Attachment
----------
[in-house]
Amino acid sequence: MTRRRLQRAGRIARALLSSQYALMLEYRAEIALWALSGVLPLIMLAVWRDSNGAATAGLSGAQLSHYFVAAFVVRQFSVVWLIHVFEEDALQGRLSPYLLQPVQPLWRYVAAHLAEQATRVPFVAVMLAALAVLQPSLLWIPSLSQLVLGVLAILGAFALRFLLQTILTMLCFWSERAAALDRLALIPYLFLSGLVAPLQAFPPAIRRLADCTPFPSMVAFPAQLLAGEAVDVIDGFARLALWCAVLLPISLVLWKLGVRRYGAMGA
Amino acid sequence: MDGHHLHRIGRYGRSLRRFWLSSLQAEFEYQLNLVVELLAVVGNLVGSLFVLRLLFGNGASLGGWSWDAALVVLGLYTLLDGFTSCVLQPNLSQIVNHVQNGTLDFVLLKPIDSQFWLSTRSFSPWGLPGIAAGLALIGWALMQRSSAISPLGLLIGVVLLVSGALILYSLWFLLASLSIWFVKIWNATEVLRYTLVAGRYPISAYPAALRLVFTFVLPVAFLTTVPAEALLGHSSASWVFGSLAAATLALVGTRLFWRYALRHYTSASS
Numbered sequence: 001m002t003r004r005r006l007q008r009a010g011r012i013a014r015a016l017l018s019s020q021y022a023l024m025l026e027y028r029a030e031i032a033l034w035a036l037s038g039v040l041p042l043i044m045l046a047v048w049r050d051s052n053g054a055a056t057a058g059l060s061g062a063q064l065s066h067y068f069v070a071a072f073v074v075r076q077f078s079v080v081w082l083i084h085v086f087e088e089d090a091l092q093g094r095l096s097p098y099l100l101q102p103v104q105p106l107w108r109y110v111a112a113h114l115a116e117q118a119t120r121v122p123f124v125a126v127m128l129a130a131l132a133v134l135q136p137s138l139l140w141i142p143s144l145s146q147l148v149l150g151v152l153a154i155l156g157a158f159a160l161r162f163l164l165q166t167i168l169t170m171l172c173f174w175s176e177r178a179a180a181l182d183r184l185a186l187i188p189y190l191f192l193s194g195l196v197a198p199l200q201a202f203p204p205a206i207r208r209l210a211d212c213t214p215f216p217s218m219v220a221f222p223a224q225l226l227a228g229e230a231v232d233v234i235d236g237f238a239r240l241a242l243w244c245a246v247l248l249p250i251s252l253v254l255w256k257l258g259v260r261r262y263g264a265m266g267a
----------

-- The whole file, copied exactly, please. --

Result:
[in-house]
Amino acid sequence: MTRRRLQRAGRIARALLSSQYALMLEYRAEIALWALSGVLPLIMLAVWRDSNGAATAGLSGAQLSHYFVAAFVVRQFSVVWLIHVFEEDALQGRLSPYLLQPVQPLWRYVAAHLAEQATRVPFVAVMLAALAVLQPSLLWIPSLSQLVLGVLAILGAFALRFLLQTILTMLCFWSERAAALDRLALIPYLFLSGLVAPLQAFPPAIRRLADCTPFPSMVAFPAQLLAGEAVDVIDGFARLALWCAVLLPISLVLWKLGVRRYGAMGA
Amino acid sequence: MDGHHLHRIGRYGRSLRRFWLSSLQAEFEYQLNLVVELLAVVGNLVGSLFVLRLLFGNGASLGGWSWDAALVVLGLYTLLDGFTSCVLQPNLSQIVNHVQNGTLDFVLLKPIDSQFWLSTRSFSPWGLPGIAAGLALIGWALMQRSSAISPLGLLIGVVLLVSGALILYSLWFLLASLSIWFVKIWNATEVLRYTLVAGRYPISAYPAALRLVFTFVLPVAFLTTVPAEALLGHSSASWVFGSLAAATLALVGTRLFWRYALRHYTSASS
Numbered sequence: 001m002t003r004r005r006l007q008r009a010g011r012i013a014r015a016l017l018s019s020q021y022a023l024m025l026e027y028r029a030e031i032a033l034w035a036l037s038g039v040l041p042l043i044m045l046a047v048w049r050d051s052n053g054a055a056t057a058g059l060s061g062a063q064l065s066h067y068f069v070a071a072f073v074v075r076q077f078s079v080v081w082l083i084h085v086f087e088e089d090a091l092q093g094r095l096s097p098y099l100l101q102p103v104q105p106l107w108r109y110v111a112a113h114l115a116e117q118a119t120r121v122p123f124v125a126v127m128l129a130a131l132a133v134l135q136p137s138l139l140w141i142p143s144l145s146q147l148v149l150g151v152l153a154i155l156g157a158f159a160l161r162f163l164l165q166t167i168l169t170m171l172c173f174w175s176e177r178a179a180a181l182d183r184l185a186l187i188p189y190l191f192l193s194g195l196v197a198p199l200q201a202f203p204p205a206i207r208r209l210a211d212c213t214p215f216p217s218m219v220a221f222p223a224q225l226l227a228g229e230a231v232d233v234i235d236g237f238a239r240l241a242l243w244c245a246v247l248l249p250i251s252l253v254l255w256k257l258g259v260r261r262y263g264a265m266g267a